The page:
15 53 void Point::print() const 54 { cout << '[' << x << ", " << y << ']'; } 55 // Fig. 20.1: circle1.h 56 // Definition of class Circle 57 #ifndef CIRCLE1_H 58 #define CIRCLE1_H 59 #include "point1.h" class Circle : public Point { 62 public: 63 // default constructor 64 Circle( double r = 0.0, int x = 0, int y = 0 ); void setRadius( double ); 67 double getRadius() const; 68 virtual double area() const; 69 virtual void printShapeName() const { cout << "Circle: "; } 70 virtual void print() const; 71 private: 72 double radius; // radius of Circle 73 }; // end class Circle #endif Shape Point Circle

16 76 // Fig. 20.1: circle1.cpp 77 // Member function definitions for class Circle 78 #include using std::cout; #include "circle1.h" Circle::Circle( double r, int a, int b ) 85 : Point( a, b ) // call base-class constructor 86 { setRadius( r ); } void Circle::setRadius( double r ) { radius = r > 0 ? r : 0; } double Circle::getRadius() const { return radius; } double Circle::area() const 93 { return * radius * radius; } void Circle::print() const 96 { 97 Point::print(); 98 cout << "; Radius = " << radius; 99 } // end function print

17 100 // Fig. 20.1: cylindr1.h 101 // Definition of class Cylinder 102 #ifndef CYLINDR1_H 103 #define CYLINDR1_H 104 #include "circle1.h" class Cylinder : public Circle { 107 public: 108 // default constructor 109 Cylinder( double h = 0.0, double r = 0.0, 110 int x = 0, int y = 0 ); void setHeight( double ); 113 double getHeight(); 114 virtual double area() const; 115 virtual double volume() const; 116 virtual void printShapeName() const { cout << "Cylinder: "; } 117 virtual void print() const; 118 private: 119 double height; // height of Cylinder 120 }; // end class Cylinder #endif Shape Point Circle Cylinder

18 123 // Fig. 20.1: cylindr1.cpp 124 // Member and friend function definitions for class Cylinder 125 #include using std::cout; #include "cylindr1.h" Cylinder::Cylinder( double h, double r, int x, int y ) 132 : Circle( r, x, y ) // call base-class constructor 133 { setHeight( h ); } void Cylinder::setHeight( double h ) 136 { height = h > 0 ? h : 0; } double Cylinder::getHeight() { return height; } double Cylinder::area() const 141 { 142 // surface area of Cylinder 143 return 2 * Circle::area() * * getRadius() * height; 145 } // end function area 146

19 147 double Cylinder::volume() const 148 { return Circle::area() * height; } void Cylinder::print() const 151 { 152 Circle::print(); 153 cout << "; Height = " << height; 154 } // end function print 155 // Fig. 20.1: fig20_01.cpp 156 // Driver for shape, point, circle, cylinder hierarchy 157 #include using std::cout; 160 using std::endl; #include using std::ios; 165 using std::setiosflags; 166 using std::setprecision; #include "shape.h" 169 #include "point1.h" 170 #include "circle1.h" 171 #include "cylindr1.h" 172

20 173 void virtualViaPointer( const Shape * ); 174 void virtualViaReference( const Shape & ); int main() 177 { 178 cout << setiosflags( ios::fixed | ios::showpoint ) 179 << setprecision( 2 ); Point point( 7, 11 ); // create a Point 182 Circle circle( 3.5, 22, 8 ); // create a Circle 183 Cylinder cylinder( 10, 3.3, 10, 10 ); // create a Cylinder point.printShapeName(); // static binding 186 point.print(); // static binding 187 cout << '\n'; circle.printShapeName(); // static binding 190 circle.print(); // static binding 191 cout << '\n'; cylinder.printShapeName(); // static binding 194 cylinder.print(); // static binding 195 cout << "\n\n"; Shape *arrayOfShapes[ 3 ]; // array of base-class pointers 198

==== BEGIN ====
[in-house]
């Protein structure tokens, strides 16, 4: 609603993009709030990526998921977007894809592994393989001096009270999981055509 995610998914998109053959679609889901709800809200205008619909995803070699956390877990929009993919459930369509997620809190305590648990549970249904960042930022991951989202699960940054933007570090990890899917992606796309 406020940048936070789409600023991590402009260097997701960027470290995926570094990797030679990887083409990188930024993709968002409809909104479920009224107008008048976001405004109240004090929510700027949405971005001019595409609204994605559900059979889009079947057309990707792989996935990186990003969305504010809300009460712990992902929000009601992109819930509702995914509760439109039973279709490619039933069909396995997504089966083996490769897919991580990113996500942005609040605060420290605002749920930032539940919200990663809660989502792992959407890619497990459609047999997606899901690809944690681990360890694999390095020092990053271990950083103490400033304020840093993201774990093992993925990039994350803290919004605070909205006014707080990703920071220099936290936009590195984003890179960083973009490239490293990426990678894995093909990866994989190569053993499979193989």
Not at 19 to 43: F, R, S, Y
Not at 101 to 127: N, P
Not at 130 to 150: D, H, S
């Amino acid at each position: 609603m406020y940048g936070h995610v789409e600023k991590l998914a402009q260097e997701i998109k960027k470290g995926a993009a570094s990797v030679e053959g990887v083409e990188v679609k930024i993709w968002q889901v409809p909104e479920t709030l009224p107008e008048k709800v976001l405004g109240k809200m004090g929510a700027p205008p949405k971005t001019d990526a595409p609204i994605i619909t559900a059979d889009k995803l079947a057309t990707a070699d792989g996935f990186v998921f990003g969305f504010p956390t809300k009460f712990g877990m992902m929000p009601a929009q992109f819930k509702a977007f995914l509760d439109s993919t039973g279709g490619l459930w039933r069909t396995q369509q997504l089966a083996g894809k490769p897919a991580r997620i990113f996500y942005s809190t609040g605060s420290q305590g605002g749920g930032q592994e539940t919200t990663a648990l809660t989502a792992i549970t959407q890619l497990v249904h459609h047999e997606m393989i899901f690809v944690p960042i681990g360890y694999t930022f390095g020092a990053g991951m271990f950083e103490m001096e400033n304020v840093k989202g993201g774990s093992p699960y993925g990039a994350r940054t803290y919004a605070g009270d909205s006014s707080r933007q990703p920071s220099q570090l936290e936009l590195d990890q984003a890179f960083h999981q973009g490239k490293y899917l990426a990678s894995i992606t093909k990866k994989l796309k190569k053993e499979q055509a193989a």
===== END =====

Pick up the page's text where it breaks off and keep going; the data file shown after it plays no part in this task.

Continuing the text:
21 Point: [7, 11] Circle: [22, 8]; Radius = 3.50 Cylinder: [10, 10]; Radius = 3.30; Height = Virtual function calls made off base-class pointers Point: [7, 11] Area = 0.00 Volume = 0.00 Circle: [22, 8]; Radius = 3.50 Area = Volume = 0.00 Cylinder: [10, 10]; Radius = 3.30; Height = Area = Volume = Virtual function calls made off base-class references Point: [7, 11] Area = 0.00 Volume = 0.00 Circle: [22, 8]; Radius = 3.50 Area = Volume = 0.00 Cylinder: [10, 10]; Radius = 3.30; Height = Area = Volume =

22 199 // aim arrayOfShapes[0] at derived-class Point object 200 arrayOfShapes[ 0 ] = &point; // aim arrayOfShapes[1] at derived-class Circle object 203 arrayOfShapes[ 1 ] = &circle; // aim arrayOfShapes[2] at derived-class Cylinder object 206 arrayOfShapes[ 2 ] = &cylinder; // Loop through arrayOfShapes and call virtualViaPointer 209 // to print the shape name, attributes, area, and volume 210 // of each object using dynamic binding. 211 cout << "Virtual function calls made off " 212 << "base-class pointers\n"; for ( int i = 0; i < 3; i++ ) 215 virtualViaPointer( arrayOfShapes[ i ] ); // Loop through arrayOfShapes and call virtualViaReference 218 // to print the shape name, attributes, area, and volume 219 // of each object using dynamic binding. 220 cout << "Virtual function calls made off " 221 << "base-class references\n"; 222

23 223 for ( int j = 0; j < 3; j++ ) 224 virtualViaReference( *arrayOfShapes[ j ] ); return 0; 227 } // end function main // Make virtual function calls off a base-class pointer 230 // using dynamic binding. 231 void virtualViaPointer( const Shape *baseClassPtr ) 232 { 233 baseClassPtr->printShapeName(); 234 baseClassPtr->print(); 235 cout area() 236 volume() << "\n\n"; 237 } // end function virtualViaPointer // Make virtual function calls off a base-class reference 240 // using dynamic binding. 241 void virtualViaReference( const Shape &baseClassRef ) 242 { 243 baseClassRef.printShapeName(); 244 baseClassRef.print(); 245 cout << "\nArea = " << baseClassRef.area() 246 << "\nVolume = " << baseClassRef.volume() << "\n\n"; 247 } // end function virtualViaReference

24 Point: [7, 11] Circle: [22, 8]; Radius = 3.50 Cylinder: [10, 10]; Radius = 3.30; Height = Virtual function calls made off base-class pointers Point: [7, 11] Area = 0.00 Volume = 0.00 Circle: [22, 8]; Radius = 3.50 Area = Volume = 0.00 Cylinder: [10, 10]; Radius = 3.30; Height = Area = Volume = Virtual function calls made off base-class references Point: [7, 11] Area = 0.00 Volume = 0.00 Circle: [22, 8]; Radius = 3.50 Area = Volume = 0.00 Cylinder: [10, 10]; Radius = 3.30; Height = Area = Volume =